Dr Aglaia Chatjouli (INNOVIA Foundation, Athens, Greece)
Prof. Sarah Franklin (BIOS, LSE)
In the case of thalassaemia reproduction is a contested field. Well established biopolitics aiming to ‘fight the disease’ (on the population and individual levels) are appropriated and reconceptualized in diverse ways by people with thalassaemia. Reproduction is controlled (biomedicalized, pathologized and/or normalized) via national prevention programs and biomedical technologies aiming to minimize new thalassaemic births. On the other hand, via the biomedically enabled ‘achievement of reproduction and parenthood’, adult women and men with thalassaemia are becoming more active reproductive agents, gaining control over the field of (their own) reproduction, gradually establishing a say at the underlying norms at stake.
In both contexts reproduction emerges as a field of normalizing potential: via the symbolic power of the (biotechnologically) able reproductive body, as the means of ensuring the reproduction of the national population and as the basic component of gender competency. At the same time, reproductive management (at the institutional, the biomedical and individual levels) invokes and informs discussions and reflections upon the key question regarding control upon life and death. Which are the key assumptions underlying reproductive decision making and in what terms and by whom are they contested? What is at stake for thalassaemics themselves?
The National Prevention Program targeting thalassaemia is strongly supported by both state structures and patient associations. Despite its successful implementation and popularity it triggers a bottom-up questioning of the ‘value of human life’, of ‘who is considered normal’, of ‘who has the right to decide, to control and define the boundaries’. Prevention practices aiming to inform the public and especially the future parents, reveal the underlying assumptions and determinisms while constructing normative bodies and lives. At the same time, biosocial subjects such as thalassaemic individuals appropriate the logics of prevention and propose alternative normalities and reproductions, embodying different yet normal reproductive bodies.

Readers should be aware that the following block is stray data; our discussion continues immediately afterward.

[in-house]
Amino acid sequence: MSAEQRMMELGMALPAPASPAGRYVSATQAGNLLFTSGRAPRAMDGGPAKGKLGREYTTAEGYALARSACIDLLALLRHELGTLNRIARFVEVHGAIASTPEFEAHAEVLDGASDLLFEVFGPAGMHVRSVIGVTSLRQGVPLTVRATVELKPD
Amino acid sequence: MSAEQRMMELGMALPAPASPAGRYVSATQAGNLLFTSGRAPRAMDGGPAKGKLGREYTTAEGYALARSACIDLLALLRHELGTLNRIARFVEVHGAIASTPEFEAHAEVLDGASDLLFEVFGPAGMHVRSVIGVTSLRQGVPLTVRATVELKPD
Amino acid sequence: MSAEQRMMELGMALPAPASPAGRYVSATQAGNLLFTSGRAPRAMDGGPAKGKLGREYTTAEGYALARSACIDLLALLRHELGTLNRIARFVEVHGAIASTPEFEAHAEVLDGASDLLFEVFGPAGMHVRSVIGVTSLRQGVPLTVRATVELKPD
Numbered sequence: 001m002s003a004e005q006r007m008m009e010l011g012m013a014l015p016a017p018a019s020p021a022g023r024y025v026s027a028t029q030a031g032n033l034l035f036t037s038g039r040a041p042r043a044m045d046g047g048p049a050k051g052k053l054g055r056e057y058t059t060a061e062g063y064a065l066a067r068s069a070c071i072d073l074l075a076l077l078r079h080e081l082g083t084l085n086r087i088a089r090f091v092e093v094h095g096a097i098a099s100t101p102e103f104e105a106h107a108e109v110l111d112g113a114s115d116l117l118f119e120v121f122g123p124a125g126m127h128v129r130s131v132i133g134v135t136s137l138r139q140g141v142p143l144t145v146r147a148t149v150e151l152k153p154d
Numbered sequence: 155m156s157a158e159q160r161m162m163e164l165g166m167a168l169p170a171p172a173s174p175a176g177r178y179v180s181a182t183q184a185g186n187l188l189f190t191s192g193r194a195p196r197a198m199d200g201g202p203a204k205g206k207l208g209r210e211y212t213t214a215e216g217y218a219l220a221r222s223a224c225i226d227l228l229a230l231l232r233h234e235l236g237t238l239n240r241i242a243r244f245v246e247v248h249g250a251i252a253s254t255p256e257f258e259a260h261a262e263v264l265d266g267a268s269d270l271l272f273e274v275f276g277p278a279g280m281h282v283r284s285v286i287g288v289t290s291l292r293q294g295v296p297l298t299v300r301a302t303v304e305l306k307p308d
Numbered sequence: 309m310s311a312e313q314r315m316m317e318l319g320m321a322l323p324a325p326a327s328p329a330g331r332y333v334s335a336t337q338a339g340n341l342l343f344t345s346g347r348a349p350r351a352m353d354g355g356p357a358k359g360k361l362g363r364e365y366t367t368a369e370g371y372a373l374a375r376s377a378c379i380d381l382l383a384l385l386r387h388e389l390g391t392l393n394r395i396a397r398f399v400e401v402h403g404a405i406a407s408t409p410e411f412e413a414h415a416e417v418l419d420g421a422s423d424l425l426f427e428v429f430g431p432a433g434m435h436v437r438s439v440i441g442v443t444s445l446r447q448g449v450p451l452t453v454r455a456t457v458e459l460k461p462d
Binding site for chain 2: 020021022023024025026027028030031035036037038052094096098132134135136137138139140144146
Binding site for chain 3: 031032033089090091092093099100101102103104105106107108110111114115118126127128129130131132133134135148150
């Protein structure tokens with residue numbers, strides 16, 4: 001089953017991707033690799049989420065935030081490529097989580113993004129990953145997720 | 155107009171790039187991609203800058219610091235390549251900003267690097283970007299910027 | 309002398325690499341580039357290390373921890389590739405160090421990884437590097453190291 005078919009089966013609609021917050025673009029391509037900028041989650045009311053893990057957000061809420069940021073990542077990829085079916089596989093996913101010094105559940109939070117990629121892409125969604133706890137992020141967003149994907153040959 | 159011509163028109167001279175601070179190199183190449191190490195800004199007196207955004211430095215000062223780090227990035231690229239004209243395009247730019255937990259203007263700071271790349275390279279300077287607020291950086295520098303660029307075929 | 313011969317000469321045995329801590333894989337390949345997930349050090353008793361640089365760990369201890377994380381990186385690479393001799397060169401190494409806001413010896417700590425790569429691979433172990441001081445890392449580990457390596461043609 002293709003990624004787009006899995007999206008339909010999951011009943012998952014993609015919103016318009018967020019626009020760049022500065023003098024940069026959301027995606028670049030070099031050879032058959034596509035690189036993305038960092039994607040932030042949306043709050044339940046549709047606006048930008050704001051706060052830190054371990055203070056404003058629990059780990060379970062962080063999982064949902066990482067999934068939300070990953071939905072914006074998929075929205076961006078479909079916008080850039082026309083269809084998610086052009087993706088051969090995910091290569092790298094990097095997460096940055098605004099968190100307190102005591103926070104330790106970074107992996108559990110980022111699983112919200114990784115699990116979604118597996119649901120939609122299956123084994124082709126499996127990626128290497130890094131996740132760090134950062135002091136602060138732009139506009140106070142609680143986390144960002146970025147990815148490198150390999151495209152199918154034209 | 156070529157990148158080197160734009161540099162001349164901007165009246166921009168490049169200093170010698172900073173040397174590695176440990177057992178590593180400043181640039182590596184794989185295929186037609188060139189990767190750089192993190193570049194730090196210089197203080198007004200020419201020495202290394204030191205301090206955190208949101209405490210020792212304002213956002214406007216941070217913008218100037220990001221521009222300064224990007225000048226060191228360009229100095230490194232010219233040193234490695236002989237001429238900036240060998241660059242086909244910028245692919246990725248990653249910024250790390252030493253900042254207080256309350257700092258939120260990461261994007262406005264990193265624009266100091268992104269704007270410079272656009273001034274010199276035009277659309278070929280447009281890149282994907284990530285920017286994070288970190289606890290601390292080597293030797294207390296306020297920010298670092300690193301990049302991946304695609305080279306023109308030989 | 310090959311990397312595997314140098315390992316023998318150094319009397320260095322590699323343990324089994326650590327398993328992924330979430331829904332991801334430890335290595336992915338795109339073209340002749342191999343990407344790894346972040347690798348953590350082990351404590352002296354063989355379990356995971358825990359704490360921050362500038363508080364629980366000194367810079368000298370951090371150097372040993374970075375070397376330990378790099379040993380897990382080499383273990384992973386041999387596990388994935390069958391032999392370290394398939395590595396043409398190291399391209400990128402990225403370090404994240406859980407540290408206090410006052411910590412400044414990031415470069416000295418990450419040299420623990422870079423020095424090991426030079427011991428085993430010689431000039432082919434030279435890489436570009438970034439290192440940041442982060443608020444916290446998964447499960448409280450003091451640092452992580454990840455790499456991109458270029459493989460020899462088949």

This paper aims to problematize and contextualize how prevention practices and biomedical innovations raise issues of reproductive control, of reproductive choice and reproductive agency.
Aglaia Chatjouli holds a PhD in Social Anthropology. Her main research interests concern the relation betweenbiology and culture, between (bio)difference and normality in the context of health and beyond, as well as the shifts and continuities in the imaginings of natures - human and otherwise. Her doctoral thesis focused on people with Thalassaemia in Greece, and examined issues of stigma and collective action as well as the cultural constructions of genetic illness, the politics of prevention and the reconceptualisations of chronic illness, disability and normality, as well as the conceptual tropes of genetic information.
Aglaia earned her BSc from King’s College London, in Molecular and Cell Biology and her MSc from Oxford University, in Human Biology. She was a research associate at the National Hellenic Research Foundation working in the European Program: «European Debates in Biotechnology & Life Sciences in European Society». She is co-editor of an anthropological series published in Greece at Polytropon Publications. Aglaia is currently working with Innovia, a virtual research institute based in the Netherlands concerned with the implications of new developments in health technology for patients and health advocacy organizations.
Professor Sarah Franklin has written and edited 15 books on reproductive and genetic technologies, as well as more than 100 articles, chapters, and reports. She has conducted fieldwork on IVF, cloning, embryo research, and stem cells. Her work combines traditional anthropological approaches, including both ethnographic methods and kinship theory, with more recent approaches from science studies, gender theory, and cultural studies. Professor Franklin has an MA in Women's Studies from the University of Kent (1984) and an MA in Anthropology from NYU (1986). She studied for her PhD at the Birmingham Centre for Cultural Studies from 1986-1989, taking her doctoral degree in 1992. From 1990-1993 she worked both in the Department of Social Anthropology at the University of Manchester and the Department of Sociology at Lancaster University. She was promoted to a Chair in the Anthropology of Science at Lancaster University in 2001. In 2004 she moved to the LSE where she is Professor of Social Studies of Biomedicine and Associate Director of the BIOS Centre.
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Part of the Cambridge Interdisciplinary Reproduction Forum seminar series.
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